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DCC Questions

Introduction

DCC stands for Direct Client to Client connection. When your using DCC, you usually connect to another client to send, get or chat, instead of going through the IRC Network. However, many of you experience some problems while doing so and might not be able to send or receive files normally. DCC Problems

  • First thing you should know is that if your IP address is not correct, you might not be able to transfer anything successfully. Use //dns $me and //echo -a $ip to check if both IP's are the same. If they aren't, then simply use /localinfo -u to match them up.
  • If your running any PC internet connection supporting software like proxies, firewalls, wingates, ICS or routers, users won't be able to connect to you in order to send or receive any files.

DCC Speed

There are many different kinds of things you can do to speed up your DCC transfers, including:

  • Get a faster modem. The faster the modem is, the faster your DCCs will go.
  • To speed up your DCC sessions, use /fsend on|off
  • Packetsize - the number of bytes that mIRC will send to another client in one packet. The minimum is 512 and the maximum is 8192. Use /dcc packetsize 8192
  • Pump DCC - sends N bytes ahead of sent data without waiting for the other client to reply. Use /pdcc on|off

Static IP Address

If you have a static IP (non-compliant stack), then your mIRC might not recognize it and so it won't find your Local Host and IP. Go to ALT + O > Local info > and uncheck 'Always get the Local host' and 'IP address'. Instead, type in your local host and IP address manually.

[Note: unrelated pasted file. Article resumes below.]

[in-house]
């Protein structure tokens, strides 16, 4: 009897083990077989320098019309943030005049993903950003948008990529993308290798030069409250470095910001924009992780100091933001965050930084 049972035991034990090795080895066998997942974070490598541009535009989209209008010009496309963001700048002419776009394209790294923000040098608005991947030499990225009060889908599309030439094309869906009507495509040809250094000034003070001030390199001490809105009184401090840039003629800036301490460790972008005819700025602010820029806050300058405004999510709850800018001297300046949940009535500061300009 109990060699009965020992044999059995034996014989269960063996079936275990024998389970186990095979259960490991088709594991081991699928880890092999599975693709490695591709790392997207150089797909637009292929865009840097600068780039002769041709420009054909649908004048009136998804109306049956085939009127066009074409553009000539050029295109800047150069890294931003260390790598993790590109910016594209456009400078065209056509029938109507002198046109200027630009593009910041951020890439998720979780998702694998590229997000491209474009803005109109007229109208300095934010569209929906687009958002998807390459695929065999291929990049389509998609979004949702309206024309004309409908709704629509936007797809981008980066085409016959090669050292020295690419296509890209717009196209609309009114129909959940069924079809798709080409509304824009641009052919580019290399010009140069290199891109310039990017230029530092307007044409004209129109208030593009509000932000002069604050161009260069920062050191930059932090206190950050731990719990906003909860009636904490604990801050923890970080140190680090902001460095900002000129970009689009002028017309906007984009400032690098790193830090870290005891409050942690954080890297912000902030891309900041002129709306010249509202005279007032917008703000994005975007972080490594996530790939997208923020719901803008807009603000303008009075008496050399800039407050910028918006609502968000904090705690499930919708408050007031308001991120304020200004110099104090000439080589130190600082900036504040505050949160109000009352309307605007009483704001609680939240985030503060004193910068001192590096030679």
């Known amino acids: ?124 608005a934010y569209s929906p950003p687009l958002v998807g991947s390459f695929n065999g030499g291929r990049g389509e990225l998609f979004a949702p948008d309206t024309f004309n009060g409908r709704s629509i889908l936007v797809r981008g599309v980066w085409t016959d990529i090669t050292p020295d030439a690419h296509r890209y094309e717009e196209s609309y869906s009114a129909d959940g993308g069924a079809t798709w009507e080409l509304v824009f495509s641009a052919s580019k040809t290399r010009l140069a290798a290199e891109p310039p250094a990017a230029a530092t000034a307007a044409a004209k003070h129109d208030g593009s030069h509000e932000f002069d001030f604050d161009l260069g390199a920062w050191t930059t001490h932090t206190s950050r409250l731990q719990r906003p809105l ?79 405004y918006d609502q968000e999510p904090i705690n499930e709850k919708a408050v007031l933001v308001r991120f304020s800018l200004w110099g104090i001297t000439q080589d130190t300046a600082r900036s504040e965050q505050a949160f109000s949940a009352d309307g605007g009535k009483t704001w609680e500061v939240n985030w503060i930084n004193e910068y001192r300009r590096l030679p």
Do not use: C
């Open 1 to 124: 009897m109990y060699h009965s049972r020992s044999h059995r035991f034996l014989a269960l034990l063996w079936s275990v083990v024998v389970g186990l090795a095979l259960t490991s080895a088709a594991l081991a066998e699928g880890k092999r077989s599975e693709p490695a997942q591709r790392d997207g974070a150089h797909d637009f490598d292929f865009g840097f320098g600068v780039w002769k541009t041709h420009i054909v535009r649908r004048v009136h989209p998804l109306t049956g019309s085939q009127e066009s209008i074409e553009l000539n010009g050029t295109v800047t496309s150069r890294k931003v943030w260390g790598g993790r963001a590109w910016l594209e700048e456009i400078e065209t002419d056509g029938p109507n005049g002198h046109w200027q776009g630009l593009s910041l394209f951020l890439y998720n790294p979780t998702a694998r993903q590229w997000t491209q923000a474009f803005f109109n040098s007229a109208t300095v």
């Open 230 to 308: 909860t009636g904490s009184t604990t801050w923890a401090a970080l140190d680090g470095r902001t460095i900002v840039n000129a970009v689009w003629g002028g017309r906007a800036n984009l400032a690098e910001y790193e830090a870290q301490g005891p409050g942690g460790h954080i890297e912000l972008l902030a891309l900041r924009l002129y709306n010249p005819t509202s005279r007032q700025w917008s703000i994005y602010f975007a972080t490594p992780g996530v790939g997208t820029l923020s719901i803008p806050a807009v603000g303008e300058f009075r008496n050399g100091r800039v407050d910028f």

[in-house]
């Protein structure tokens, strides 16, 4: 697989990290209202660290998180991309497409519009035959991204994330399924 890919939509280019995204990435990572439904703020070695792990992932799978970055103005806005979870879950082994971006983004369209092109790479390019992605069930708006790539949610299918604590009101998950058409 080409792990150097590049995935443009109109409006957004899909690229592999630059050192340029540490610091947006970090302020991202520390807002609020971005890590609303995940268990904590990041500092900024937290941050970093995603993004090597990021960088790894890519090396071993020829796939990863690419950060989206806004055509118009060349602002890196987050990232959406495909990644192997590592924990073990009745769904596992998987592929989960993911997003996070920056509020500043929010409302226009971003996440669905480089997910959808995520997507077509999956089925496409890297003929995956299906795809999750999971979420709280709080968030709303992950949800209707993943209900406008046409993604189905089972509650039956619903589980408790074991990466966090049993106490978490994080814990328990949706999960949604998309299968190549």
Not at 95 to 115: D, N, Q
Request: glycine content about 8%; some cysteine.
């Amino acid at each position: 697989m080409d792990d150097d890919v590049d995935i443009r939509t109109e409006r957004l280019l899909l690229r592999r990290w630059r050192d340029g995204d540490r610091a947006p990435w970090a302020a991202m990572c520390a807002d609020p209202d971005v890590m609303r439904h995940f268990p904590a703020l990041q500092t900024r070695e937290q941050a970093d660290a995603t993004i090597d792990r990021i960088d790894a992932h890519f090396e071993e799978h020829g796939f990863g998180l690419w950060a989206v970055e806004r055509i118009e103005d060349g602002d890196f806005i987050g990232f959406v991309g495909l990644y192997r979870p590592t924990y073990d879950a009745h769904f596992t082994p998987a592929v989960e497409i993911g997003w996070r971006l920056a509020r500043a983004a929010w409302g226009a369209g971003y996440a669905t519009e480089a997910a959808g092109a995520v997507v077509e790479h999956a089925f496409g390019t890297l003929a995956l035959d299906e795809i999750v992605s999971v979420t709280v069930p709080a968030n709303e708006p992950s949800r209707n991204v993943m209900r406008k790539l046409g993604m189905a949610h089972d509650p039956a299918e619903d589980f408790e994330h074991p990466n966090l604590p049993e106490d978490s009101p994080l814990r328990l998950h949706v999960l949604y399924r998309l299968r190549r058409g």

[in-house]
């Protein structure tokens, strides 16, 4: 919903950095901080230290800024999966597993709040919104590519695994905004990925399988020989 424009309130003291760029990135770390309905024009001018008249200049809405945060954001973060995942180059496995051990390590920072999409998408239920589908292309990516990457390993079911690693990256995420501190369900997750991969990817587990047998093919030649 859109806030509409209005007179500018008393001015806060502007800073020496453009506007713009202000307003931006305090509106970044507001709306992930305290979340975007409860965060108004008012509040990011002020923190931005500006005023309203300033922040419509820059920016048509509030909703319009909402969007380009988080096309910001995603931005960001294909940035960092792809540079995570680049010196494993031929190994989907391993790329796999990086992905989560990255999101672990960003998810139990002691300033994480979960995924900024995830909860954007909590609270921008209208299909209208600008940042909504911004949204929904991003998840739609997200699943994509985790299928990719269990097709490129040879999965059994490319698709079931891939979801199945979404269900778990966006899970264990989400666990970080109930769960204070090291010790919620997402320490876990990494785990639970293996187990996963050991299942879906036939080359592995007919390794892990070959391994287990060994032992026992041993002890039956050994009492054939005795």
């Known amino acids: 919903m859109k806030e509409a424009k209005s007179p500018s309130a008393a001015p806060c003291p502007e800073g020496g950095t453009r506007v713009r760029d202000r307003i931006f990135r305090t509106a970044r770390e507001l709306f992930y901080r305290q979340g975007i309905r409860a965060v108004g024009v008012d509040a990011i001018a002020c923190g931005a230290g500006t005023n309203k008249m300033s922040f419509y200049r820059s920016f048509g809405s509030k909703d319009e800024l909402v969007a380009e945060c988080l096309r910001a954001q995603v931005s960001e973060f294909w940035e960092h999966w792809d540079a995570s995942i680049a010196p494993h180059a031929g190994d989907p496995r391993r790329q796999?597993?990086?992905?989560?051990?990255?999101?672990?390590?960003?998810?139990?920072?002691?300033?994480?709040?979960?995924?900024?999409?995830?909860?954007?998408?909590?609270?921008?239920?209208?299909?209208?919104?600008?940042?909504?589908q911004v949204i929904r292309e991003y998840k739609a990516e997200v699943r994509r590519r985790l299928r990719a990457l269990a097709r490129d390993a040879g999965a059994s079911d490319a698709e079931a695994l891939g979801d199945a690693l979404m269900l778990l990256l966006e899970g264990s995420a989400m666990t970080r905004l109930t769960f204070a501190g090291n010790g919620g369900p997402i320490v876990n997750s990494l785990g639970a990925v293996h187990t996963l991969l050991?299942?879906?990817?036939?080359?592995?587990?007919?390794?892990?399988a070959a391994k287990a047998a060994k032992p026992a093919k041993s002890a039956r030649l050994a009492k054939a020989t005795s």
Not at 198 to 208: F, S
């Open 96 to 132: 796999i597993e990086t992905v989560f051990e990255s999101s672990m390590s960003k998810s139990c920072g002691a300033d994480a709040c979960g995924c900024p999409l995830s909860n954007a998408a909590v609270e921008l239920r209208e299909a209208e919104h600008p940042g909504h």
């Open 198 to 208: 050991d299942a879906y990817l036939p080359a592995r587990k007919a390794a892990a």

Dynamic IP Address

If you have a dynamic IP address (a different one each time you connect) then make sure that your mIRC recognizes your right Local host and IP address. Go to ALT + O > Local info and make sure that both your IP address and Local Host are correct.

LANs

The first thing you should make sure of when dealing with LANs is that your mIRC is receiving your external IP and not your internal. Usually, port forwarding is used to enable you to connect to the remote computer. Open two ports from the range of 1024 to 5000 from File > Options > DCC > Options.
NAT

You have to specify a few ports in your DCC options. Also, if your behind a Linux gateway, set your mIRC to 'normal lookup'. Access your router's configuration and forward all connections to those ports to forward to your Local IP Address. Then use /localinfo -u to match your router IP with your client.

Proxies

You simply can't send any DCCs if you are behind a proxy server. Try /help /dccserver for information on how to bypass the reverse method of DCC.

Firewalls

Most, if not all firewalls block the needed ports for DCC sends. Use File > Options > DCC > Options and set the ports from the range of 1024 to 5000.

File Servers

You can use a File Server to share your files with your friends and other users. You open a server window enabling a user to look through the directory(s) to browse listings, change directories and read or get files.

Syntax: /fserve

You can specify the maximum number of files you wish for a user to get. 3 or 4 is a reasonable number. Use a .txt file for your "Welcome message", so that as soon as a user connects to you through fserve, the welcome message appears.

You won't be able to set up a server to yourself. Someone else has to do it. To set up a simple remote command, use ALT + R and type in your remotes:

On 1:server:/fserve $nick 3 <homedirectory>
Users can then use /ctcp yournickname server to activate the server.
For a list of commands, refer to:

DALnet

DALnet has a new system of 'allowing' users to DCC you to prevent the spread of dangerous files without permission. Use the DCCAllow to allow the user you specify to send you a "dll", "ini", "scr", "exe", "shs", "pl", "js", "xls", "doc", "com", "mrc", "pif", "bat", "inc", and "vbs".

Syntax:

  • /dccallow +/-nickname
  • /dccallow list
  • /dccallow help



Written by xOxygen and revised by Moby